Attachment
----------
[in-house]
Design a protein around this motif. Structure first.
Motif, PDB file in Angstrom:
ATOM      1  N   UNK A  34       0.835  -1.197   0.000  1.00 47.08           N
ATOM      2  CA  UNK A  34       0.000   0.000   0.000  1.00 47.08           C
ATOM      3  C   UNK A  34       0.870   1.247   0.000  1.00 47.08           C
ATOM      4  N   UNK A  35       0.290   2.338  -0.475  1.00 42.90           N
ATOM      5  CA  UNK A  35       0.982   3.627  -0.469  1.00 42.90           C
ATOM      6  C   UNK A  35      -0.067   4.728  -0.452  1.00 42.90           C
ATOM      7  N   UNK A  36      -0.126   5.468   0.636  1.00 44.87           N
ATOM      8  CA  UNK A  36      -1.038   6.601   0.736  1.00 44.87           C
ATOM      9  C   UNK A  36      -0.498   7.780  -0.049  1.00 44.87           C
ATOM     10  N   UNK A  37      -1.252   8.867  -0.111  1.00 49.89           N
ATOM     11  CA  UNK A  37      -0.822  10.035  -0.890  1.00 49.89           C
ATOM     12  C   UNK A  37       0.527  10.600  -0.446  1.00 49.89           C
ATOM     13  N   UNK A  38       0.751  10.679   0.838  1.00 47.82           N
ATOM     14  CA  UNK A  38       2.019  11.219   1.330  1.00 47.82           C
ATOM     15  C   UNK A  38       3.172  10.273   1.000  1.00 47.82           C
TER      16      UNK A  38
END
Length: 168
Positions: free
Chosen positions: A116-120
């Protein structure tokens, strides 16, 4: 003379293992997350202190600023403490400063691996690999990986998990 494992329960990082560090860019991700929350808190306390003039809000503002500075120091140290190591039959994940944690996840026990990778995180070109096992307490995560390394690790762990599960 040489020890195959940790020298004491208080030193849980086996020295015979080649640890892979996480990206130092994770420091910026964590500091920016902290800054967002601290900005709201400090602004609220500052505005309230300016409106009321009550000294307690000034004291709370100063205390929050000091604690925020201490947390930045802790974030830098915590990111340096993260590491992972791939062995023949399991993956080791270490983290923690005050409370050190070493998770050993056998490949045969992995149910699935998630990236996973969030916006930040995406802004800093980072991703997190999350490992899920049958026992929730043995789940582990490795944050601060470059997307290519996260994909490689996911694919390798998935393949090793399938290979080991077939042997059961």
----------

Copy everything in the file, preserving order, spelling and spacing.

[in-house]
Design a protein around this motif. Structure first.
Motif, PDB file in Angstrom:
ATOM      1  N   UNK A  34       0.835  -1.197   0.000  1.00 47.08           N
ATOM      2  CA  UNK A  34       0.000   0.000   0.000  1.00 47.08           C
ATOM      3  C   UNK A  34       0.870   1.247   0.000  1.00 47.08           C
ATOM      4  N   UNK A  35       0.290   2.338  -0.475  1.00 42.90           N
ATOM      5  CA  UNK A  35       0.982   3.627  -0.469  1.00 42.90           C
ATOM      6  C   UNK A  35      -0.067   4.728  -0.452  1.00 42.90           C
ATOM      7  N   UNK A  36      -0.126   5.468   0.636  1.00 44.87           N
ATOM      8  CA  UNK A  36      -1.038   6.601   0.736  1.00 44.87           C
ATOM      9  C   UNK A  36      -0.498   7.780  -0.049  1.00 44.87           C
ATOM     10  N   UNK A  37      -1.252   8.867  -0.111  1.00 49.89           N
ATOM     11  CA  UNK A  37      -0.822  10.035  -0.890  1.00 49.89           C
ATOM     12  C   UNK A  37       0.527  10.600  -0.446  1.00 49.89           C
ATOM     13  N   UNK A  38       0.751  10.679   0.838  1.00 47.82           N
ATOM     14  CA  UNK A  38       2.019  11.219   1.330  1.00 47.82           C
ATOM     15  C   UNK A  38       3.172  10.273   1.000  1.00 47.82           C
TER      16      UNK A  38
END
Length: 168
Positions: free
Chosen positions: A116-120
């Protein structure tokens, strides 16, 4: 003379293992997350202190600023403490400063691996690999990986998990 494992329960990082560090860019991700929350808190306390003039809000503002500075120091140290190591039959994940944690996840026990990778995180070109096992307490995560390394690790762990599960 040489020890195959940790020298004491208080030193849980086996020295015979080649640890892979996480990206130092994770420091910026964590500091920016902290800054967002601290900005709201400090602004609220500052505005309230300016409106009321009550000294307690000034004291709370100063205390929050000091604690925020201490947390930045802790974030830098915590990111340096993260590491992972791939062995023949399991993956080791270490983290923690005050409370050190070493998770050993056998490949045969992995149910699935998630990236996973969030916006930040995406802004800093980072991703997190999350490992899920049958026992929730043995789940582990490795944050601060470059997307290519996260994909490689996911694919390798998935393949090793399938290979080991077939042997059961």